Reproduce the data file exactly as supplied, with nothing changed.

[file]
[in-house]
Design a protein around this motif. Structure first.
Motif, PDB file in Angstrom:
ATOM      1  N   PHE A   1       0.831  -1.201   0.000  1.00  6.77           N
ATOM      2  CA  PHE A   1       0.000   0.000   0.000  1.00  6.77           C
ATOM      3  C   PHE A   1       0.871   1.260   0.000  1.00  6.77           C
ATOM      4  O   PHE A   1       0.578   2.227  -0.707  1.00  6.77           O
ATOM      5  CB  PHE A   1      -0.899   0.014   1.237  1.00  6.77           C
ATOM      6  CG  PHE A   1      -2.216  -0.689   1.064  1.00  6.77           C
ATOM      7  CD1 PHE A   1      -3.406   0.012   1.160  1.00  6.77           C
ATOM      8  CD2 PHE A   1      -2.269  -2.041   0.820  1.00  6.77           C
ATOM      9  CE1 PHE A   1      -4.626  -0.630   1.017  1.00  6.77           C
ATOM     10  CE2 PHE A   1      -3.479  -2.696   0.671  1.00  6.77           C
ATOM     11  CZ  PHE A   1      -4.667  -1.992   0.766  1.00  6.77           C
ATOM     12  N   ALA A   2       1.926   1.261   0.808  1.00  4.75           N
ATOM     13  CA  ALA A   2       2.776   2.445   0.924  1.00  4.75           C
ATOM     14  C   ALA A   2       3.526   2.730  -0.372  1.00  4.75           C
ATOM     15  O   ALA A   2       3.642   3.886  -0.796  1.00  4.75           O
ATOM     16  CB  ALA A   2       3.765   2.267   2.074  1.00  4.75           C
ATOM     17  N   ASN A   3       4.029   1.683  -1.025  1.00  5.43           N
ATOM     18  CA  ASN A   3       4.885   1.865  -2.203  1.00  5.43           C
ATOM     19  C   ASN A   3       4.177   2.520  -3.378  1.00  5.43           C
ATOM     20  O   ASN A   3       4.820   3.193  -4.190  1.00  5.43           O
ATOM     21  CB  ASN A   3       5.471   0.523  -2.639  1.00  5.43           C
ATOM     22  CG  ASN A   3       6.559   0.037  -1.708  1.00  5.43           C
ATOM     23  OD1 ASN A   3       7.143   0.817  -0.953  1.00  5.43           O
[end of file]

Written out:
[in-house]
Design a protein around this motif. Structure first.
Motif, PDB file in Angstrom:
ATOM      1  N   PHE A   1       0.831  -1.201   0.000  1.00  6.77           N
ATOM      2  CA  PHE A   1       0.000   0.000   0.000  1.00  6.77           C
ATOM      3  C   PHE A   1       0.871   1.260   0.000  1.00  6.77           C
ATOM      4  O   PHE A   1       0.578   2.227  -0.707  1.00  6.77           O
ATOM      5  CB  PHE A   1      -0.899   0.014   1.237  1.00  6.77           C
ATOM      6  CG  PHE A   1      -2.216  -0.689   1.064  1.00  6.77           C
ATOM      7  CD1 PHE A   1      -3.406   0.012   1.160  1.00  6.77           C
ATOM      8  CD2 PHE A   1      -2.269  -2.041   0.820  1.00  6.77           C
ATOM      9  CE1 PHE A   1      -4.626  -0.630   1.017  1.00  6.77           C
ATOM     10  CE2 PHE A   1      -3.479  -2.696   0.671  1.00  6.77           C
ATOM     11  CZ  PHE A   1      -4.667  -1.992   0.766  1.00  6.77           C
ATOM     12  N   ALA A   2       1.926   1.261   0.808  1.00  4.75           N
ATOM     13  CA  ALA A   2       2.776   2.445   0.924  1.00  4.75           C
ATOM     14  C   ALA A   2       3.526   2.730  -0.372  1.00  4.75           C
ATOM     15  O   ALA A   2       3.642   3.886  -0.796  1.00  4.75           O
ATOM     16  CB  ALA A   2       3.765   2.267   2.074  1.00  4.75           C
ATOM     17  N   ASN A   3       4.029   1.683  -1.025  1.00  5.43           N
ATOM     18  CA  ASN A   3       4.885   1.865  -2.203  1.00  5.43           C
ATOM     19  C   ASN A   3       4.177   2.520  -3.378  1.00  5.43           C
ATOM     20  O   ASN A   3       4.820   3.193  -4.190  1.00  5.43           O
ATOM     21  CB  ASN A   3       5.471   0.523  -2.639  1.00  5.43           C
ATOM     22  CG  ASN A   3       6.559   0.037  -1.708  1.00  5.43           C
ATOM     23  OD1 ASN A   3       7.143   0.817  -0.953  1.00  5.43           O